(Note: if you haven't read last year's post, you may want to read it first, since this is only the gear that is different)
During South by Southwest this year I was lucky enough to see the Kanye West show (thanks to my brother, Devon, and Colt Woody). Kanye had about a million different guests with him, ranging from Jay-Z to people I'd never heard of before.
Mos Def opened up the concert dressed in a suit, wearing a sequined mask. Rihanna came out with a futuristic halter top that looked like it was made out of seatbelts or something. Halfway through the set, I notice something strange-- a stagehand dressed in all black is singing one of the choruses. Kanye does his verse, and then the stagehand starts singing again. What's going on?
It turns out that the stagehand was actually Bon Iver, but unlike the rest of the artists in the set, he was dressed in boring clothes. Ahh, I thought, maybe there is some function in fashion after all. This guy is at a huge concert, on stage, singing, and I STILL thought he was a stagehand just because he was dressed so plainly.
I used to wear insane clothes with no utility, solely because I liked how they looked. Then the pendulum swung to the opposite side and I wore convertible pants.
With the Bon Iver epiphany fresh in my mind, I set out on the internet to see if I could find good looking clothes that still retained all of the functionality of my pure-utility wardrobe. This gear update has stuff from all corners, but you'll notice that a lot of it is influenced by this idea.
My entire wardrobe can fit in a ziploc bag. I initially pared down just for travel, but even though I have plenty of room in the RV, I keep no additional clothes there. My recommendations are intended for minimalist travelers, but even if you don't leave your local bus system, my suggestions remain the same. There's convenience and joy in simplicity.
Versace Wool Jeans
I swear that I didn't go out looking for high fashion pants, but it turns out that very few companies make wool jeans. Convertible pants were my only clothing item not made out of wool, and the contrast was becoming noticeable. Although I only have two shirts, they simply refused to smell, even if I laundered them only once every couple weeks. My pants, on the other hand, smelled bad much faster.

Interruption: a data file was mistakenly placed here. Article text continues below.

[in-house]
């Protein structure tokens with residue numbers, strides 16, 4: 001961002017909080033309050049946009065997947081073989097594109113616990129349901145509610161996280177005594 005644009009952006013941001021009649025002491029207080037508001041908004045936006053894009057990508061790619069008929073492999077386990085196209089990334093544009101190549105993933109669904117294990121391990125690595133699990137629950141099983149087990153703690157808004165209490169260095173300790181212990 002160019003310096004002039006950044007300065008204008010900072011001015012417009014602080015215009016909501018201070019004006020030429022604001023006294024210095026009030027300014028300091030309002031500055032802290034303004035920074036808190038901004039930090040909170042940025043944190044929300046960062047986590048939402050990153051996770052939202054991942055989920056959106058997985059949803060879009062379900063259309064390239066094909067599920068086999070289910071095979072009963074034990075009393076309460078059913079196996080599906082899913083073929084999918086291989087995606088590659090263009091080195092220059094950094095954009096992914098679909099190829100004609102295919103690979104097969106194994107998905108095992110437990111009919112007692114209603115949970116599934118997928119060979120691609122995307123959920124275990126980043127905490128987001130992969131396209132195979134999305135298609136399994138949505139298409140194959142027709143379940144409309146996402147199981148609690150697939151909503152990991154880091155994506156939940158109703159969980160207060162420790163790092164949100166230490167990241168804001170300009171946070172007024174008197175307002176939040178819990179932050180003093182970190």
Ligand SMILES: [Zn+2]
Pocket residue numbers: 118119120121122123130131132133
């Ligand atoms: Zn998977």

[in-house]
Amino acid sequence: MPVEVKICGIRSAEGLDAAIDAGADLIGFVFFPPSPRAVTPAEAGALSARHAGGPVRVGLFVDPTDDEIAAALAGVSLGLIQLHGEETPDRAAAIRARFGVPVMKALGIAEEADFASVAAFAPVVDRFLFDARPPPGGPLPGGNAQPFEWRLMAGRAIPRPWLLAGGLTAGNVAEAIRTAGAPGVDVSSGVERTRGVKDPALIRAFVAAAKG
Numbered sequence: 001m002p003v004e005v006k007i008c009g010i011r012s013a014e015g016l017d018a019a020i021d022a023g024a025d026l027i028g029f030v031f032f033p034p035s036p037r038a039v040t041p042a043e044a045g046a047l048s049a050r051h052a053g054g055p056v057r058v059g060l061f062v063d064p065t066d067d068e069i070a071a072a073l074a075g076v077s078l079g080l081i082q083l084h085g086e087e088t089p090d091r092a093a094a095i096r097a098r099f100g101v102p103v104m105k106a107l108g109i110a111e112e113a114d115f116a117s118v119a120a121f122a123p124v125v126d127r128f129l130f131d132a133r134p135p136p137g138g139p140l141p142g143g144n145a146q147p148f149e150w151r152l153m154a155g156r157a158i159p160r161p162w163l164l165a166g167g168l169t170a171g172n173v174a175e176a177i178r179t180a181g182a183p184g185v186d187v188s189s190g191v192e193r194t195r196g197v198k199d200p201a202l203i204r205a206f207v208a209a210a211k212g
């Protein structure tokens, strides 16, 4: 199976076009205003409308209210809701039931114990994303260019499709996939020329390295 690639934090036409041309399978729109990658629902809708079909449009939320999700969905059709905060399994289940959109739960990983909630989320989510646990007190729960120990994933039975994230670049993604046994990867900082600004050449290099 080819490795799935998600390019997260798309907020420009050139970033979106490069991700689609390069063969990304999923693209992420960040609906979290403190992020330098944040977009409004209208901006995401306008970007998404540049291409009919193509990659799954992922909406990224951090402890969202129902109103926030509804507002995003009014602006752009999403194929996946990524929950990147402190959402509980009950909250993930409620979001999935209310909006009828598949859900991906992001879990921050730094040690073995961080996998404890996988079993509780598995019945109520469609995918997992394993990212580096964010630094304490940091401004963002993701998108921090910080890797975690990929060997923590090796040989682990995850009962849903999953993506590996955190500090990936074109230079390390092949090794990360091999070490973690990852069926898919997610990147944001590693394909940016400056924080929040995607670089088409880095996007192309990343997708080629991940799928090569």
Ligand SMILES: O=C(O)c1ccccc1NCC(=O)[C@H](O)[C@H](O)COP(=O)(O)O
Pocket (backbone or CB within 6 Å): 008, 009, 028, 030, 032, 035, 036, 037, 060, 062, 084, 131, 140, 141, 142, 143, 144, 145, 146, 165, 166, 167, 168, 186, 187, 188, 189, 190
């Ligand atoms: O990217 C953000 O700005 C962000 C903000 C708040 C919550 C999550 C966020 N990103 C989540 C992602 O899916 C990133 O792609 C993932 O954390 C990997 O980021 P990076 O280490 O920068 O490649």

Most wool pants are dress pants, but a few companies make wool jeans. I bought a grey pair from Versace for $90, and was immediately happy with the fit and style of them. I wore them for three weeks straight without washing them, and even close inspection failed to detect any smell at all. I've gotten a handful of compliments on the pants since switching to them, something that never happened in my convertible pants.
The cons to these pants are that they don't have zipperable pockets, don't have cargo pockets, and can't be converted to shorts. I've decided to just get separate shorts, which will also make laundry day less awkward for others (I only have one pair of pants, as you may know).
Michael Kors 100% Cashmere Polo Shirt
Once I bought my jeans, I thought I'd take a stab at getting more fashionable upperwear. I tried a couple shirts from Icebreaker which were surprisingly disappointing, but found a gem on eBay: a 100% cashmere polo shirt. Cashmere is just about the softest and most luxurious material man has ever conceived of, but still has all the magic of wool. That makes some sense, since it comes from goats which are similar to sheep. I'm not sure that this will stand the test of time, but in the short period of time I've owned it, it's consistently resisted odor even better than the already-stellar icebreaker and Smartwool shirts I'm used to.
Unfortunately, this shirt appears to be rare. I haven't found anything exactly like it, but you can search eBay for your own size and see if you can find another cashmere shirt. It packs slightly bigger than my other shirt, so I like the idea of having my other shirt be the smaller Smartwool tee.
Terra Plana Vivo Barefoot Aqua Shoes
When I first bought my motorcycle I wore my huaraches while riding. I knew that it was a dumb idea, but it took a few days for my new shoes to arrive in the mail. I once stopped at a stop light, only to see a fellow rider to my right pointing at my feet and shaking his head with disapproval. No more!